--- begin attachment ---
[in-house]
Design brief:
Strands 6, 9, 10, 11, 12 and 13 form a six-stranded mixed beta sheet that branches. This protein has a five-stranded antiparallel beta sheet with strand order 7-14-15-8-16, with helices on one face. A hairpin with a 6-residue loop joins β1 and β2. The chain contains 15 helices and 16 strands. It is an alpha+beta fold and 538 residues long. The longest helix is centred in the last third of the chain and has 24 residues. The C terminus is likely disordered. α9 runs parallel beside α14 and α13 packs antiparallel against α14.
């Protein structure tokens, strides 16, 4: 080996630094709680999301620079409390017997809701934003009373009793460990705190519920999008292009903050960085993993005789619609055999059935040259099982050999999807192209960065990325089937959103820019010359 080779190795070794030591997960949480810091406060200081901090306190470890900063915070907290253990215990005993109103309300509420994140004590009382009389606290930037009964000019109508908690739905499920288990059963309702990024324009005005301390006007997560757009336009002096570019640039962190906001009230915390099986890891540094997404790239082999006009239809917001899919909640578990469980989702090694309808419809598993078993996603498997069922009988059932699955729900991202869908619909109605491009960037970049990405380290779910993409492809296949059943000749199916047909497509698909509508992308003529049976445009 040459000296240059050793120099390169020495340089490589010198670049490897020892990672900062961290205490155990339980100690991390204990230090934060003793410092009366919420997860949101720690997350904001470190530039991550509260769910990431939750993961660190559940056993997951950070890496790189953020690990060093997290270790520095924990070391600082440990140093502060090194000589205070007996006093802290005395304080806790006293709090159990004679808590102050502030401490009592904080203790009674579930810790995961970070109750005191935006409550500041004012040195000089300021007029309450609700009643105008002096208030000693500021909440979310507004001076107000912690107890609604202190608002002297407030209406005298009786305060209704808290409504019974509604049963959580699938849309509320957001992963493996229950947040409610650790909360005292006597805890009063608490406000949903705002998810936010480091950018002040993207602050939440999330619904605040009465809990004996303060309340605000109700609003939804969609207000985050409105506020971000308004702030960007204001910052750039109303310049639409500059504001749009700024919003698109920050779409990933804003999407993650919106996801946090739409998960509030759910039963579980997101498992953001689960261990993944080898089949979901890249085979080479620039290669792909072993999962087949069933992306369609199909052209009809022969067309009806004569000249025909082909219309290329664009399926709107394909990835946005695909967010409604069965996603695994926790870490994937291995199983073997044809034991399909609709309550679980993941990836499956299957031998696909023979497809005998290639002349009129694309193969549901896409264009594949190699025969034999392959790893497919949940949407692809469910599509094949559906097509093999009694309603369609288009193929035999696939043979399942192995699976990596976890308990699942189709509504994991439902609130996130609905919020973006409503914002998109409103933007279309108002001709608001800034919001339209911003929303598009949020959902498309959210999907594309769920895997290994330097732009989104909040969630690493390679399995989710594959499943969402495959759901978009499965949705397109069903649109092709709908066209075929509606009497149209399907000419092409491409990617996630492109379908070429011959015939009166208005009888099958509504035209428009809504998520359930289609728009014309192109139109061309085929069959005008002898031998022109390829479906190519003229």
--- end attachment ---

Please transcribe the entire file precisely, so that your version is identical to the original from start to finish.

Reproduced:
[in-house]
Design brief:
Strands 6, 9, 10, 11, 12 and 13 form a six-stranded mixed beta sheet that branches. This protein has a five-stranded antiparallel beta sheet with strand order 7-14-15-8-16, with helices on one face. A hairpin with a 6-residue loop joins β1 and β2. The chain contains 15 helices and 16 strands. It is an alpha+beta fold and 538 residues long. The longest helix is centred in the last third of the chain and has 24 residues. The C terminus is likely disordered. α9 runs parallel beside α14 and α13 packs antiparallel against α14.
């Protein structure tokens, strides 16, 4: 080996630094709680999301620079409390017997809701934003009373009793460990705190519920999008292009903050960085993993005789619609055999059935040259099982050999999807192209960065990325089937959103820019010359 080779190795070794030591997960949480810091406060200081901090306190470890900063915070907290253990215990005993109103309300509420994140004590009382009389606290930037009964000019109508908690739905499920288990059963309702990024324009005005301390006007997560757009336009002096570019640039962190906001009230915390099986890891540094997404790239082999006009239809917001899919909640578990469980989702090694309808419809598993078993996603498997069922009988059932699955729900991202869908619909109605491009960037970049990405380290779910993409492809296949059943000749199916047909497509698909509508992308003529049976445009 040459000296240059050793120099390169020495340089490589010198670049490897020892990672900062961290205490155990339980100690991390204990230090934060003793410092009366919420997860949101720690997350904001470190530039991550509260769910990431939750993961660190559940056993997951950070890496790189953020690990060093997290270790520095924990070391600082440990140093502060090194000589205070007996006093802290005395304080806790006293709090159990004679808590102050502030401490009592904080203790009674579930810790995961970070109750005191935006409550500041004012040195000089300021007029309450609700009643105008002096208030000693500021909440979310507004001076107000912690107890609604202190608002002297407030209406005298009786305060209704808290409504019974509604049963959580699938849309509320957001992963493996229950947040409610650790909360005292006597805890009063608490406000949903705002998810936010480091950018002040993207602050939440999330619904605040009465809990004996303060309340605000109700609003939804969609207000985050409105506020971000308004702030960007204001910052750039109303310049639409500059504001749009700024919003698109920050779409990933804003999407993650919106996801946090739409998960509030759910039963579980997101498992953001689960261990993944080898089949979901890249085979080479620039290669792909072993999962087949069933992306369609199909052209009809022969067309009806004569000249025909082909219309290329664009399926709107394909990835946005695909967010409604069965996603695994926790870490994937291995199983073997044809034991399909609709309550679980993941990836499956299957031998696909023979497809005998290639002349009129694309193969549901896409264009594949190699025969034999392959790893497919949940949407692809469910599509094949559906097509093999009694309603369609288009193929035999696939043979399942192995699976990596976890308990699942189709509504994991439902609130996130609905919020973006409503914002998109409103933007279309108002001709608001800034919001339209911003929303598009949020959902498309959210999907594309769920895997290994330097732009989104909040969630690493390679399995989710594959499943969402495959759901978009499965949705397109069903649109092709709908066209075929509606009497149209399907000419092409491409990617996630492109379908070429011959015939009166208005009888099958509504035209428009809504998520359930289609728009014309192109139109061309085929069959005008002898031998022109390829479906190519003229």